Surprisingly Social: Private Property and Environmental Management
While scholars express a range of concerns about the use of private property to manage natural resources, an enduring counter-tradition within our idea of private property provides a principled basis for ameliorating or avoiding these concerns. This counter-tradition, the social obligation norm of property, recognises the intrinsically social function of private property and that private property can impose obligations in addition to conferring entitlements. The New Zealand quota management system for fish and New Zealand Emission Trading Scheme provide illustrations of the presence of this counter-tradition within our law. The counter-tradition also provides a way in which the concerns regarding private property in this space can be addressed, while maintaining the behaviour changing benefits private property offers.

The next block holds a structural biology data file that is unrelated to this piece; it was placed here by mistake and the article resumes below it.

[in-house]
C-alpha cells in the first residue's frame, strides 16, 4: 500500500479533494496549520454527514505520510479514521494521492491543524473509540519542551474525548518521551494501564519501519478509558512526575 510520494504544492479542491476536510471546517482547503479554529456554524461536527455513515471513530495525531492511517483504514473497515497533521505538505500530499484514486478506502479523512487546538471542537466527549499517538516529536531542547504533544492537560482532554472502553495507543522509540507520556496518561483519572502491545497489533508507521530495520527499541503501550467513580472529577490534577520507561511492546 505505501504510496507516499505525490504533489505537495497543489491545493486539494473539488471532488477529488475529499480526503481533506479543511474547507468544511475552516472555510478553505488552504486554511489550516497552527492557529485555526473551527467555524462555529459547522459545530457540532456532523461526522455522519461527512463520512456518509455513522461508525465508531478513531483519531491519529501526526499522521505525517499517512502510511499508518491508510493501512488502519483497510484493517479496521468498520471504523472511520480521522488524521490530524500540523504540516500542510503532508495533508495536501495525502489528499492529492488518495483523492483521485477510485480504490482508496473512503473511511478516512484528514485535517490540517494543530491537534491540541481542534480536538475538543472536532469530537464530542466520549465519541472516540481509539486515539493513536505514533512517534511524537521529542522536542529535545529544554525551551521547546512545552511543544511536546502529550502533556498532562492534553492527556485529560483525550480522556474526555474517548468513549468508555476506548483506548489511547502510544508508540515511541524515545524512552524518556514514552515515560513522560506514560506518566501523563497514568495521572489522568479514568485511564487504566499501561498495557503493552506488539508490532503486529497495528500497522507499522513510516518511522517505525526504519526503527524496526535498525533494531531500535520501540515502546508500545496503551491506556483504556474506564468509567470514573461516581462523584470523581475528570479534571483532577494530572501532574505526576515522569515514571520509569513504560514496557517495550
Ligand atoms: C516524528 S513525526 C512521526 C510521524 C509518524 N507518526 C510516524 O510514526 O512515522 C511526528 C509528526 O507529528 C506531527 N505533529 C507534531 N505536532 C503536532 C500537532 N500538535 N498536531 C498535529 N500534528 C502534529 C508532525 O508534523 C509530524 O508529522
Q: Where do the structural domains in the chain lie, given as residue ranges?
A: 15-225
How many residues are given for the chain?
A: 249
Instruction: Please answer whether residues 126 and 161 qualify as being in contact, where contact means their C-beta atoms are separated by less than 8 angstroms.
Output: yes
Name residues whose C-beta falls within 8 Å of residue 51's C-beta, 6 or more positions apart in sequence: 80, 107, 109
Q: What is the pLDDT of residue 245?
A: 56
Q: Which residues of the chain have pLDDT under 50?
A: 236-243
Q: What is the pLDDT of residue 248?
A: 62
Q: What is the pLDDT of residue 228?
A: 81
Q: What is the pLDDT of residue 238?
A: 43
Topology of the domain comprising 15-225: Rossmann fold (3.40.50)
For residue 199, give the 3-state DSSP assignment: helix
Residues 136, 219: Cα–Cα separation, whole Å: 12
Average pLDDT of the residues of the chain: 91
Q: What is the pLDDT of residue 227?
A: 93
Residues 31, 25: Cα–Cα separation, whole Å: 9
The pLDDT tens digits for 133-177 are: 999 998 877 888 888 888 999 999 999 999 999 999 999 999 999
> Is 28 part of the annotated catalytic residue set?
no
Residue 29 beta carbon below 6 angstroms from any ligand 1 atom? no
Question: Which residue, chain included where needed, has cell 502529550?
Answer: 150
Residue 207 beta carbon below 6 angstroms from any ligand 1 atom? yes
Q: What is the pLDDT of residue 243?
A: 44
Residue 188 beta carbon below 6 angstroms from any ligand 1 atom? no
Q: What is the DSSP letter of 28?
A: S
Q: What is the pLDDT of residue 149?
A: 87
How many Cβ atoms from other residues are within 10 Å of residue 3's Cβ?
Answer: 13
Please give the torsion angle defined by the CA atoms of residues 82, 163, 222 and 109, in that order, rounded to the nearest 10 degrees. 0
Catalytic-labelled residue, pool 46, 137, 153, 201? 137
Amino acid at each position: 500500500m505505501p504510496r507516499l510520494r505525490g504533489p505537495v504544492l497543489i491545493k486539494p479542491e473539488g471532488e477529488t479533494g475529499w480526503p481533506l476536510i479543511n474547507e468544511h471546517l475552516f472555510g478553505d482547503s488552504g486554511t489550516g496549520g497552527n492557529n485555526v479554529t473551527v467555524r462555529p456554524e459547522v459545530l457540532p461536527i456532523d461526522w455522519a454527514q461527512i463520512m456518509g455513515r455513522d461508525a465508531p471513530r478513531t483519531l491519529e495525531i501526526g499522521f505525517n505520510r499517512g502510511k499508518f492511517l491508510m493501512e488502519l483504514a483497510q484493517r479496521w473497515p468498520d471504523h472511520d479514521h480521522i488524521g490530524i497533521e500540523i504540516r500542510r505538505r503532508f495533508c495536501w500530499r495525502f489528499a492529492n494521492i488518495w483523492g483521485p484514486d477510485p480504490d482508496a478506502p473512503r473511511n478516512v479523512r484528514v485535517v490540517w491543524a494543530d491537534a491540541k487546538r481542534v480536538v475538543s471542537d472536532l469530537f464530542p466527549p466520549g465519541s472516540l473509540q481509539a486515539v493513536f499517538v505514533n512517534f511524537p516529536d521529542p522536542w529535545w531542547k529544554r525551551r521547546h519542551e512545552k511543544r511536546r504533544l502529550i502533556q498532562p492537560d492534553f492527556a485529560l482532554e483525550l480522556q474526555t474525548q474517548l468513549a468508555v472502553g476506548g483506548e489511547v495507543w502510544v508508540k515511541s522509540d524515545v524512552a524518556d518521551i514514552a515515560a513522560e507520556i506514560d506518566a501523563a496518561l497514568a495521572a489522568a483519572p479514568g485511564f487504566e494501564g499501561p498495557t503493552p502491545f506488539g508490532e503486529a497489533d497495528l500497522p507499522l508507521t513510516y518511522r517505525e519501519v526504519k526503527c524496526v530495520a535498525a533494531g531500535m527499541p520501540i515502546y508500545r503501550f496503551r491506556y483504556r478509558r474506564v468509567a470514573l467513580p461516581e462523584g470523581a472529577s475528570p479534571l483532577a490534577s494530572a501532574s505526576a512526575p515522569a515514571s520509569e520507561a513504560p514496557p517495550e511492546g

Publisher: Oxford University Press
Keywords: Private property; Environmental law; Environmental management; Social obligation norm; Emissions trading; Quota management; New Zealand
Research Type: Journal Article